Can't Get It Outta My Head

 

 

 

 

 

 

 

                A Baby Boomer

 

       Muses on The Music

The Day of the Expanding Van, Part II

(Continuing the reviews of the “new — to me — Van Morrison albums begun in last week’s post.) Magic Time opens a bit awkwardly, with the lyrics of the first cut, “Stranded,” including “the devil and the deep blue sea.” That’s perhaps too much MOR for Morrison, who famously sang, on “Hard Nose the Highway”: “Ain’t that some interpretation/When Sinatra sings/Against Nelson Riddle strings/ Then takes a vacation.” But it bounces back with the charming “Celtic New Year,” and the sassy shuffle “Keep Mediocrity at Bay.” There are a couple chestnuts in the middle of the CD, one blues, the other a crooner, but they’re followed by “Just Like Greta” — in which, like Garbo, the narrator just wants to be

The Day of the Expanding Van, Part I

Three years ago last week, I blogged about adding to my collection of my favorite solo artist, Van Morrison. At that time, I noted that I hadn’t added much to my Van the Man trove in the past couple decades. But I didn’t add much more in the spring of 2016, downloading two new-but-old LPs. But only one was really new to me, A Period of Transition, from 1977; the other was a replacement of a vinyl disc that was one of The Albums that Were Lost, 1972’s St. Dominic’s Preview. My more-recent additions are the result of my older brother’s incessant prowling of the used book and music stores of Madison and elsewhere in southern Wisconsin. Jimbo will call me on his cell and ask if I have certain al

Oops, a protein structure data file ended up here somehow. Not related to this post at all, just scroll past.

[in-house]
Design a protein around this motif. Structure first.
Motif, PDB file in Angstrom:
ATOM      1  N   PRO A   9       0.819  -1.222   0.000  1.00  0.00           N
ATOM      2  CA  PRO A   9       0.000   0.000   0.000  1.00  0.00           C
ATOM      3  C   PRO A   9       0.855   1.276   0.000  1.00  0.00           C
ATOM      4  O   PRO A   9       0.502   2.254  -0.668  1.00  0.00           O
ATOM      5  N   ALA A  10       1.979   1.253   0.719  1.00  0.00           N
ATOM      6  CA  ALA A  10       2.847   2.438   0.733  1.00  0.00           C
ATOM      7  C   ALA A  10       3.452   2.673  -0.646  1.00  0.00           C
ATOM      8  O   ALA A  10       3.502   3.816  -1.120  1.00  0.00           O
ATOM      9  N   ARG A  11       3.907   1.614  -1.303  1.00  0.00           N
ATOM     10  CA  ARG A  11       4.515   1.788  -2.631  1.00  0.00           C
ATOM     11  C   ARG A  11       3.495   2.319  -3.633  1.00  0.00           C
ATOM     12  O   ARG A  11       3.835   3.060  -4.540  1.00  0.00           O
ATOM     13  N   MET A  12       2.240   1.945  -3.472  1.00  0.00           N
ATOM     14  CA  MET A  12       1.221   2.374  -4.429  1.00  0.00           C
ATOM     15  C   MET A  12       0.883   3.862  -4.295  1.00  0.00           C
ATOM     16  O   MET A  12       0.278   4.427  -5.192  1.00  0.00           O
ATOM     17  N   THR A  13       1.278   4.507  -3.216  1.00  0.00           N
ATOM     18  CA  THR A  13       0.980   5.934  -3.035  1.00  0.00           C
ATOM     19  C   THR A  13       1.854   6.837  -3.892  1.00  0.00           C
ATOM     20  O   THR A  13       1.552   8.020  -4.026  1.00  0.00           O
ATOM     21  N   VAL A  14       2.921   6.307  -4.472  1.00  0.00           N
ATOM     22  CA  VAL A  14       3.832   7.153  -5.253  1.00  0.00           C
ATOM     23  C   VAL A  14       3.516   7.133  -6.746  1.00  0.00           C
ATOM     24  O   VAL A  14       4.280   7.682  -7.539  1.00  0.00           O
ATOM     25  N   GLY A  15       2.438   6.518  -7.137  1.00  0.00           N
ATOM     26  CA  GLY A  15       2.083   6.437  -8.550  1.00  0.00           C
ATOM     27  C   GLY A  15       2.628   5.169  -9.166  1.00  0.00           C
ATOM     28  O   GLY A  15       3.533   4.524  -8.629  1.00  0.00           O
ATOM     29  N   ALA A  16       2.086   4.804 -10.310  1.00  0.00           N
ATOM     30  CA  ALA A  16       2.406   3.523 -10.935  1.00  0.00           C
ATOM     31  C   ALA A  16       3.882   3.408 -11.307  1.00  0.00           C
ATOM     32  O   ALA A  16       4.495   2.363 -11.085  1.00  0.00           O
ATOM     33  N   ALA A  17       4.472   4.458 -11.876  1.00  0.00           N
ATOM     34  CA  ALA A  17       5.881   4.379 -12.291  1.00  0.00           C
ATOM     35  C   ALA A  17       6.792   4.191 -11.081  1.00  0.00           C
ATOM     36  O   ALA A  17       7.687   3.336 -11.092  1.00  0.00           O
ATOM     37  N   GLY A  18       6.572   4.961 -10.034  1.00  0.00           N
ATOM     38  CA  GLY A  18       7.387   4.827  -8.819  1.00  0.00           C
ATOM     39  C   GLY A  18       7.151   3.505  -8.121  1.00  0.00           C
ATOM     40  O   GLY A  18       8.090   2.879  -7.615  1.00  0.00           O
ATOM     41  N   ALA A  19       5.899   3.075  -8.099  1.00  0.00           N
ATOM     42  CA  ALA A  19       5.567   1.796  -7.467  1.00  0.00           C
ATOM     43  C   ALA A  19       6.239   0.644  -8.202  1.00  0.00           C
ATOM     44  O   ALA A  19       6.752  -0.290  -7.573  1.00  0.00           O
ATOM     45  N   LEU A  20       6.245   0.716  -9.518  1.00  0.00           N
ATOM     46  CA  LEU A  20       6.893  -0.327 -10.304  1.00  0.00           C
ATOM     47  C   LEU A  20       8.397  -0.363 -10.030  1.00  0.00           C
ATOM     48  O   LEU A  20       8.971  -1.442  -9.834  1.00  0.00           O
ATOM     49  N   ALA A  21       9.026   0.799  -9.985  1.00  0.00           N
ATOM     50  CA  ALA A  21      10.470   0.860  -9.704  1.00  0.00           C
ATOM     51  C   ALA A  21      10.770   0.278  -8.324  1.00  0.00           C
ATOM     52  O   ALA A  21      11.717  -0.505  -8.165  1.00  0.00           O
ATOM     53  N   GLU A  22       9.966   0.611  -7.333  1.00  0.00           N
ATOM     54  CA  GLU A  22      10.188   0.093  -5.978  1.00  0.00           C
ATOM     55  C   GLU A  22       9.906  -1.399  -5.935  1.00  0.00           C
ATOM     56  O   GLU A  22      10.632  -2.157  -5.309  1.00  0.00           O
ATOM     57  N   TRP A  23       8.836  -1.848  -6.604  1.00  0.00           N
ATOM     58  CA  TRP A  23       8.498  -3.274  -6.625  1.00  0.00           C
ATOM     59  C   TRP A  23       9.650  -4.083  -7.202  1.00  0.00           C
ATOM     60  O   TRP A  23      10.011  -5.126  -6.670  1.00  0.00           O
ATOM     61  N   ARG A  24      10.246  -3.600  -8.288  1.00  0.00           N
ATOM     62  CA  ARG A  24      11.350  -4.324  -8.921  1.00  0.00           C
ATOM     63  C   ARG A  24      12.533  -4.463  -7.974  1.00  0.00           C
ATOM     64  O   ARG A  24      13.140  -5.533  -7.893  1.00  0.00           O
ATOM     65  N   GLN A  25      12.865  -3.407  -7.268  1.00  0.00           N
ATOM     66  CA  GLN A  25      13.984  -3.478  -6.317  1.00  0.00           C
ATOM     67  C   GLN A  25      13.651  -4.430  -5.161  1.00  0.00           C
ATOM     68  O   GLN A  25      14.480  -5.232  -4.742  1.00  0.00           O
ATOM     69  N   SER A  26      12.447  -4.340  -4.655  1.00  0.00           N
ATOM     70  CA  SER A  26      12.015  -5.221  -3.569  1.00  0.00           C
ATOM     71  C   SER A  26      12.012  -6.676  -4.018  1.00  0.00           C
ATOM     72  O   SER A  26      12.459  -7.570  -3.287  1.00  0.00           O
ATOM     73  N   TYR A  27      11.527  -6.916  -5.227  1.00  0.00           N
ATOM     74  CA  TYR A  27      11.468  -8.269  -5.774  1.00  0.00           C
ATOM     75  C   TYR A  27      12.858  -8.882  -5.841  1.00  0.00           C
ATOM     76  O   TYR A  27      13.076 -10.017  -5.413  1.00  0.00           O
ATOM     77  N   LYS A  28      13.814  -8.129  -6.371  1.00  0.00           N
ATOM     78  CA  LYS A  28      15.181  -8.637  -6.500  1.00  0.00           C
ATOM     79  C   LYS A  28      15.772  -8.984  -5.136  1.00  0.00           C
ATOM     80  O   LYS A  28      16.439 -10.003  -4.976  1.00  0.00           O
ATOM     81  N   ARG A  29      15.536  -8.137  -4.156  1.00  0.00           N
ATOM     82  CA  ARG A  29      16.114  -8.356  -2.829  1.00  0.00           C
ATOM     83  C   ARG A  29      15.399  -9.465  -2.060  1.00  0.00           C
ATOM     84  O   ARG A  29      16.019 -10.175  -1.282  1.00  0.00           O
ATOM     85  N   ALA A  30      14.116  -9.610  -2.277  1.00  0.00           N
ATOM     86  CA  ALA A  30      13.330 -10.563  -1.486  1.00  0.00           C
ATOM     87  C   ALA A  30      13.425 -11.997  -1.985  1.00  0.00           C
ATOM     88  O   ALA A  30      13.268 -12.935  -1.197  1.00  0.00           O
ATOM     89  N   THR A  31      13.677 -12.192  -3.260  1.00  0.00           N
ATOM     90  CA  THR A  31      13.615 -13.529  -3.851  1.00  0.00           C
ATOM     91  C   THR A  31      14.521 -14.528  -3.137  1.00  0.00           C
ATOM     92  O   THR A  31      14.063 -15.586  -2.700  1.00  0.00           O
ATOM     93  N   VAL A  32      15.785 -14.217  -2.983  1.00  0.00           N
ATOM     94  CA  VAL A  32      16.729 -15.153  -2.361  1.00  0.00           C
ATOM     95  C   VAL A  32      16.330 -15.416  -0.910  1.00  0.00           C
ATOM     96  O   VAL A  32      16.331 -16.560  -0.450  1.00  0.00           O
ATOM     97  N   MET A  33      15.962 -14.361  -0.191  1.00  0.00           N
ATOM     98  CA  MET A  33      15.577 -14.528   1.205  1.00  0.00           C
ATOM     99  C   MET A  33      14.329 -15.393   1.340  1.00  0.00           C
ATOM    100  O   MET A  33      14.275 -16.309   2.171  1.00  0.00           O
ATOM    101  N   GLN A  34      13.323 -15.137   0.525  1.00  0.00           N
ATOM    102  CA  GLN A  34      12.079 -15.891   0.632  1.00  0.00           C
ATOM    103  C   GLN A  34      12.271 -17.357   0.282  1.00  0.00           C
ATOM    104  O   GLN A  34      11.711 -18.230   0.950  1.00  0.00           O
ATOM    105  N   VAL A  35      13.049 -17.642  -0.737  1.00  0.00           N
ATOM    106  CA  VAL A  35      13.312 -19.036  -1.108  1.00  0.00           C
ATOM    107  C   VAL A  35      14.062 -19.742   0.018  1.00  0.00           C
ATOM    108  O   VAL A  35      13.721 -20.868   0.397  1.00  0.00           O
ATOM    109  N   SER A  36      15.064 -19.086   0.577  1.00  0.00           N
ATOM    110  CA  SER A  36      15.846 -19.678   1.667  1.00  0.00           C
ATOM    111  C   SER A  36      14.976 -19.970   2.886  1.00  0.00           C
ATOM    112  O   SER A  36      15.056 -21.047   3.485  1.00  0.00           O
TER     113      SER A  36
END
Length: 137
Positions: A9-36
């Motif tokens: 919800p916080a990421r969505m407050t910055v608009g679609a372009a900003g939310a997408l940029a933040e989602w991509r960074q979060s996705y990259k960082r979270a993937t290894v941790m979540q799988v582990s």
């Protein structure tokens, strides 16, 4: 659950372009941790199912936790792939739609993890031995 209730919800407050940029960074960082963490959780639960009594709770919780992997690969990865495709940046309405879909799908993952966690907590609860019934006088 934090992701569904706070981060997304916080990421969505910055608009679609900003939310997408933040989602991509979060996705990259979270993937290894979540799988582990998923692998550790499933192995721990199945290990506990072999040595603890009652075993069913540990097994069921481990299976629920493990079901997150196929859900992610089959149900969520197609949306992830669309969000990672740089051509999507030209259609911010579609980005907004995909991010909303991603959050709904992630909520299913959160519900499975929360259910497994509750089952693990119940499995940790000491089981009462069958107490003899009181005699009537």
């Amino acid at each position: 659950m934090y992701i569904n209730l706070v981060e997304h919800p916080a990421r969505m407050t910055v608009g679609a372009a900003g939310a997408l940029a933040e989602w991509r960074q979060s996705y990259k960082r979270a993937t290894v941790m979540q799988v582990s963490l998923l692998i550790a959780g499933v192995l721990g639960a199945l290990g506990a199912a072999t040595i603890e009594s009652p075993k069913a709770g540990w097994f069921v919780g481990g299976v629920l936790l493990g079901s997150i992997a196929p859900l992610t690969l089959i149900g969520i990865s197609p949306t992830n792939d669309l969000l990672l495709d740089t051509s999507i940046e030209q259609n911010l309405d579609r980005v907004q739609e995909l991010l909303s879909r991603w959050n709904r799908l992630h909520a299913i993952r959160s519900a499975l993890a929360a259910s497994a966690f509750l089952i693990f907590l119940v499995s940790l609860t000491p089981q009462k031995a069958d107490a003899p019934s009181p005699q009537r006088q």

Going in the Hall

The Rock and Roll Hall of Fame inducted its Class of 2019 the weekend before last — an occasion for celebration for some, but an inspiration for head-scratching for me. Sort-of-immortalized in the museum-cum-theme park in Cleveland — during ceremonies held in New York City, but go figure — were the Cure, Def Leppard, Janet Jackson, Stevie Nicks, Radiohead, and Roxy Music. Two of the acts going into a hall of fame are so famous that I — a fan of rock and roll for nearly six decades — cannot name one song they’ve done. (When I blogged about the RRHF nominees last fall, after they were announced, I included Cure amongst those whose songs were a blank to me. Since then, I heard a cut on Sat Rad

April’s Foolish Pleasures

Tomorrow is April Fool’s Day, so here are some suggestions for music that fits the occasion: There are actually a few songs called “April Fools” or something similar. Aretha Franklin and Dionne Warwick did “The April Fools,” the Burt Bacharach/Hal David tune from the movie of the same name, as did a number of other artists, including Respectable Groove. If you want to go even more MOR, there are lots of April songs. Everybody from Pat Boone to Johnny Mathis to Roger Williams did “April Love,” there are many versions of “April in Paris” — Louis Armstrong to Sinatra — and “I’ll Remember April” got worked over pretty well, too. Alternative rock band Soul Asylum did “April Fool” on their 1992 al

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